It was supposed to have been a big night for Rep. Michele Bachmann of Minnesota, headlining a Republican dinner in Iowa’s largest city ahead of a potential presidential campaign announcement next month.
Then a late vote in Congress kept her in Washington last night and a political shadow appeared, as Sarah Palin announced a multiday East Coast campaign-style bus tour that will kick off with a May 29 appearance at a motorcycle rally for veterans in Washington.
Palin’s “One Nation Tour” is stirring speculation that she will enter the race for the Republican presidential nomination, in which she and Bachmann would compete for much the same constituency.
In a statement on her political action committee’s website, Palin, 47, said the nation was at a “critical turning point” and she wants to help Americans to “connect with our founders, our patriots, our challenges and victories to clearly see our way forward.”
“I think she is trying to make a pre-emptive strike to maybe convince Bachmann not to run,” said Dianne Bystrom, director of the Carrie Chapman Catt Center for Women and Politics at Iowa State University in Ames.
The Iowa caucuses, scheduled for Feb. 6, are the first event in the 2012 presidential nominating contests. Bachmann, whom Palin helped to boost onto the national stage, stands to be especially hurt if the former Alaska governor and 2008 Republican vice presidential nominee enters the race.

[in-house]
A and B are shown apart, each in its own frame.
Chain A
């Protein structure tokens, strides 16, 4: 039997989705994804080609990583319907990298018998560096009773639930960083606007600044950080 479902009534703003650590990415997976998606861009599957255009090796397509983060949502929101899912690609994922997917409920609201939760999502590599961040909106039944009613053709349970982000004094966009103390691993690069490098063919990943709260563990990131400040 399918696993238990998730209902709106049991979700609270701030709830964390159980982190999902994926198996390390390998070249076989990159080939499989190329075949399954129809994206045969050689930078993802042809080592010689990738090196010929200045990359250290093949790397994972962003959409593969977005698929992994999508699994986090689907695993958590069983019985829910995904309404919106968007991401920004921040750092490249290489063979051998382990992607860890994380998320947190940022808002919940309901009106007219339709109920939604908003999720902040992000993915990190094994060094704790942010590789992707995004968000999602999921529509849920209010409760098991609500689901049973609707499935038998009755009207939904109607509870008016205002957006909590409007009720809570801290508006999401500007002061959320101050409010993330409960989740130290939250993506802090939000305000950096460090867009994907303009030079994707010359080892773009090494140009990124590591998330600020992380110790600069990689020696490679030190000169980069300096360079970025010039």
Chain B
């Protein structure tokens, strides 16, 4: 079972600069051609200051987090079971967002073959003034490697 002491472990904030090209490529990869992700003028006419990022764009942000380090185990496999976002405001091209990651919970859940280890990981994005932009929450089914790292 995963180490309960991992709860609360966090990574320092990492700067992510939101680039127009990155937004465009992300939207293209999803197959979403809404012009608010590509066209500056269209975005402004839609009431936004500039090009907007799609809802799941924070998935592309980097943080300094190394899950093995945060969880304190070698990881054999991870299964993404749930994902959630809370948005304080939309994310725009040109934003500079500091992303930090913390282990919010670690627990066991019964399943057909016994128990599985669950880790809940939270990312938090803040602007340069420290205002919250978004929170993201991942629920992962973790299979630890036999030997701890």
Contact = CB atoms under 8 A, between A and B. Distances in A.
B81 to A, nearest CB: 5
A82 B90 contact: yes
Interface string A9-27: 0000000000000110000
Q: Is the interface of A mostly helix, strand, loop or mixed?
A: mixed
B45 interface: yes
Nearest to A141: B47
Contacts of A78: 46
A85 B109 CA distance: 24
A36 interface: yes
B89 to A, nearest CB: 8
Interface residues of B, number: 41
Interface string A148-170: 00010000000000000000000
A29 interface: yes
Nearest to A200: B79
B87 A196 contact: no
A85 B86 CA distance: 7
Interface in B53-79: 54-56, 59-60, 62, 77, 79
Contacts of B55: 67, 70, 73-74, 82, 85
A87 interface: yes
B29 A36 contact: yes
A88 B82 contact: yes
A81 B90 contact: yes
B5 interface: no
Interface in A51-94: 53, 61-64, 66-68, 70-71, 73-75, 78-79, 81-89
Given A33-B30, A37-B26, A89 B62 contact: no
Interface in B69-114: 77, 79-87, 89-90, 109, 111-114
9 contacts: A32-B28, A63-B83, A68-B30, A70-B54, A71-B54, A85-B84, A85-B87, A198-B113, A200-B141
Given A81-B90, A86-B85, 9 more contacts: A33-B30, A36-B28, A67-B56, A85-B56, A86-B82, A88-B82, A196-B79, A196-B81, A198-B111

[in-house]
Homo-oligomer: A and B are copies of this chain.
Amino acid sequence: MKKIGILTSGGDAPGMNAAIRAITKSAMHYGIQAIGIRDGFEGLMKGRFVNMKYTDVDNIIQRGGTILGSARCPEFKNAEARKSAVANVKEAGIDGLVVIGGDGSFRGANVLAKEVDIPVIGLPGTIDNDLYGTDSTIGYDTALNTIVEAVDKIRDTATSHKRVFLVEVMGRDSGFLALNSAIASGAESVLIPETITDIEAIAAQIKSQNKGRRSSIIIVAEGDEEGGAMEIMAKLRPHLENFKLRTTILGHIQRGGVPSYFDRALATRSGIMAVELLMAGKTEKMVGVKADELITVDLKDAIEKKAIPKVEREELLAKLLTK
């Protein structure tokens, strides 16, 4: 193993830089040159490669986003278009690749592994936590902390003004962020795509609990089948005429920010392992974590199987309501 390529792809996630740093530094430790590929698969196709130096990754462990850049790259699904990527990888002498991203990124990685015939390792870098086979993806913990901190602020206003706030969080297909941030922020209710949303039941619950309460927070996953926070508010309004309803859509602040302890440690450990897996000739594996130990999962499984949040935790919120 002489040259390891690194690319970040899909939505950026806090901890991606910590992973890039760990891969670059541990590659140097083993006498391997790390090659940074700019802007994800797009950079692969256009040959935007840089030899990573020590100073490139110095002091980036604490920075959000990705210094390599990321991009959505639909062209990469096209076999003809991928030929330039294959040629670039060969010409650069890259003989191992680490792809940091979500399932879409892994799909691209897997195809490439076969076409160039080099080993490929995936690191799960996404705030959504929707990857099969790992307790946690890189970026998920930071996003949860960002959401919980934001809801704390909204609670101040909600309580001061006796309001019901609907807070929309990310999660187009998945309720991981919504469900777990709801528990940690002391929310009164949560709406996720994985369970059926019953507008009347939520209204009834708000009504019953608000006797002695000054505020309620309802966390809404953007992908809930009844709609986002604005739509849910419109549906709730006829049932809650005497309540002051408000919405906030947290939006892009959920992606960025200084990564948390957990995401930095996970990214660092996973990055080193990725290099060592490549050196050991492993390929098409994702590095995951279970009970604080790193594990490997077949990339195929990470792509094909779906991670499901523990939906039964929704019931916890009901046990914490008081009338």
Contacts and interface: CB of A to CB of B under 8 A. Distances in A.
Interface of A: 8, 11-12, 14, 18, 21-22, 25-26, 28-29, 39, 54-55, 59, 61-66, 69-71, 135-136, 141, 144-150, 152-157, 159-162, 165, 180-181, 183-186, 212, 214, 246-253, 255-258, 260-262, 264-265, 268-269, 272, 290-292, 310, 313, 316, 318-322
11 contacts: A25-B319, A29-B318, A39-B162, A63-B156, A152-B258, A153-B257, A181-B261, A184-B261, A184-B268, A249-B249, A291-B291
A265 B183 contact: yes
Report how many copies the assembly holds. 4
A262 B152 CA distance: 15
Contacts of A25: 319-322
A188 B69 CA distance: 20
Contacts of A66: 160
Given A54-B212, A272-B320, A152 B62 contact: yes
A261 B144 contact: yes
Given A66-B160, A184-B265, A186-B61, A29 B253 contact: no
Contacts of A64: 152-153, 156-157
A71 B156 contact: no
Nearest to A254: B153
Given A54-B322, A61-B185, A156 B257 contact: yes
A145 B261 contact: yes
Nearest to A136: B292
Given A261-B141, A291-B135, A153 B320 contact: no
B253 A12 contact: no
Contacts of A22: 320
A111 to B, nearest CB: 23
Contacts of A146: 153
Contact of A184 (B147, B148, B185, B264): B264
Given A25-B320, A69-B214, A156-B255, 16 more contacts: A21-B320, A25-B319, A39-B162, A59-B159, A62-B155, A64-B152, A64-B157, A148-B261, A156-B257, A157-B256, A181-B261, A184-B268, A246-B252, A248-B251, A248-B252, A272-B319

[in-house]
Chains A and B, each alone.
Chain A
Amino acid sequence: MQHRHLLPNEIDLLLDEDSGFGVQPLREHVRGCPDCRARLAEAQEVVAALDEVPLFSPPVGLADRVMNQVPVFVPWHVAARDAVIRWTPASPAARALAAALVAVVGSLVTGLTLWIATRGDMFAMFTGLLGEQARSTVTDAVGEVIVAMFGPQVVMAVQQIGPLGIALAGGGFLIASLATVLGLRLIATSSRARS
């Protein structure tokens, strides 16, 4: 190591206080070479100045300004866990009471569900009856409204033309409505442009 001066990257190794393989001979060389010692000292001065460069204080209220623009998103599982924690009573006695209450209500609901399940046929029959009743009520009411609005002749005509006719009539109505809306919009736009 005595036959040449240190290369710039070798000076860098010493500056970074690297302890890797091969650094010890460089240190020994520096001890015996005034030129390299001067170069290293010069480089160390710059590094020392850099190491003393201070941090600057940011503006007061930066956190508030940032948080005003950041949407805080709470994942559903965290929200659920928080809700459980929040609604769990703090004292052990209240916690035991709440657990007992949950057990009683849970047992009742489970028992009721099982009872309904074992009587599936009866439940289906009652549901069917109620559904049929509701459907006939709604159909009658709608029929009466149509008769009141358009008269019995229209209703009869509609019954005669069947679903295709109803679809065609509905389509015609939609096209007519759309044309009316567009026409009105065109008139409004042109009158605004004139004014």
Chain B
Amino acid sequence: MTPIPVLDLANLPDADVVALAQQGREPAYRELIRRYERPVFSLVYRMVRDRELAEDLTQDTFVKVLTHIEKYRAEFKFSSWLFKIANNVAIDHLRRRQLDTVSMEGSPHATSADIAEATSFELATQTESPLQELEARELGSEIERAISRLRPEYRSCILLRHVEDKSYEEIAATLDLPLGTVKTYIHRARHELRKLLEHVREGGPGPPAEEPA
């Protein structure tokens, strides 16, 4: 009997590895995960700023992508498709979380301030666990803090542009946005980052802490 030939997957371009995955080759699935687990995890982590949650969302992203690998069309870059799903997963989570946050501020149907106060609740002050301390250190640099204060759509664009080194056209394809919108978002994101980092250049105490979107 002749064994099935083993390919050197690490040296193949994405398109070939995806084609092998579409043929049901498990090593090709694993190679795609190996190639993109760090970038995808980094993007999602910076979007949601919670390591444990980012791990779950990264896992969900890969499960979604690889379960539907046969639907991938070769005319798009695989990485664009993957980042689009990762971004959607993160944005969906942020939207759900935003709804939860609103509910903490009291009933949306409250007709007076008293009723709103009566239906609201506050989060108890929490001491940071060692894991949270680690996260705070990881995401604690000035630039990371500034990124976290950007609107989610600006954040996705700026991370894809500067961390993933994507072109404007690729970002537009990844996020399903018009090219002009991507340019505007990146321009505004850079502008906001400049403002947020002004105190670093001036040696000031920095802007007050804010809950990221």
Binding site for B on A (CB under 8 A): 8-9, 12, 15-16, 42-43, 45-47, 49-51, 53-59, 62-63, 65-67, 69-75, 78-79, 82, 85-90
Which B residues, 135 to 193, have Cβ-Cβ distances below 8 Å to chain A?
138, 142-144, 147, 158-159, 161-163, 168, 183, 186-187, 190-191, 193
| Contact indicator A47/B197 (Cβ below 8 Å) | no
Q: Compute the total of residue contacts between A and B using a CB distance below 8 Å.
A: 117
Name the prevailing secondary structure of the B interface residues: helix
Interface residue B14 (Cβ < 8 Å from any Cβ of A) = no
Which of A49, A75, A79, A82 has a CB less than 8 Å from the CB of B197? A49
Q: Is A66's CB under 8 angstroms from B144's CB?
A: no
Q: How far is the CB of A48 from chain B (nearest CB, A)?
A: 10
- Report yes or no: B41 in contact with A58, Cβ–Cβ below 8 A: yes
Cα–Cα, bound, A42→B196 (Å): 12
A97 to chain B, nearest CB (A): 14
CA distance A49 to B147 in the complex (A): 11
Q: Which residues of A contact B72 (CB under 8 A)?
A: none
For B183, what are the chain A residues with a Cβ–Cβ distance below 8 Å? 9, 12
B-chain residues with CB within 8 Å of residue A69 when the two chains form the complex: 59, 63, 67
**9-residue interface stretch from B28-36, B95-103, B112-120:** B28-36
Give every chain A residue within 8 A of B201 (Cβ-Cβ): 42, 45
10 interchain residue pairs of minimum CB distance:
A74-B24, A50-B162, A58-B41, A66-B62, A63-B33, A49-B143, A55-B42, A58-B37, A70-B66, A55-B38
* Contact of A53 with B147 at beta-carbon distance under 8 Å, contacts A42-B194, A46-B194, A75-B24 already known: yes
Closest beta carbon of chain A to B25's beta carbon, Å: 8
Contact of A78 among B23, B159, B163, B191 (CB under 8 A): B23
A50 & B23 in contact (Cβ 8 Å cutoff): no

Palin’s star power would likely allow her to quickly mobilize a campaign in Iowa if she decides to run, Bystrom said.
“She almost has a shadow operation here,” she said.
Splitting the vote
Bystrom said that if both women were to run in Iowa, neither would win the caucuses because they would split the vote of Tea Party activists and social conservatives.
“The more it is split by potential candidates, it would probably mean that neither of them would win the caucuses,” she said.
The Republican field appears to be solidifying. Indiana Gov. Mitch Daniels, former Arkansas Gov. Mike Huckabee, real estate developer Donald Trump and Mississippi Gov. Haley Barbour have all announced in recent weeks that they won’t enter the contest.
Huckabee won the Iowa caucuses in 2008, so his decision not to run provides an opening for those who can appeal to the social conservatives who were his most loyal supporters.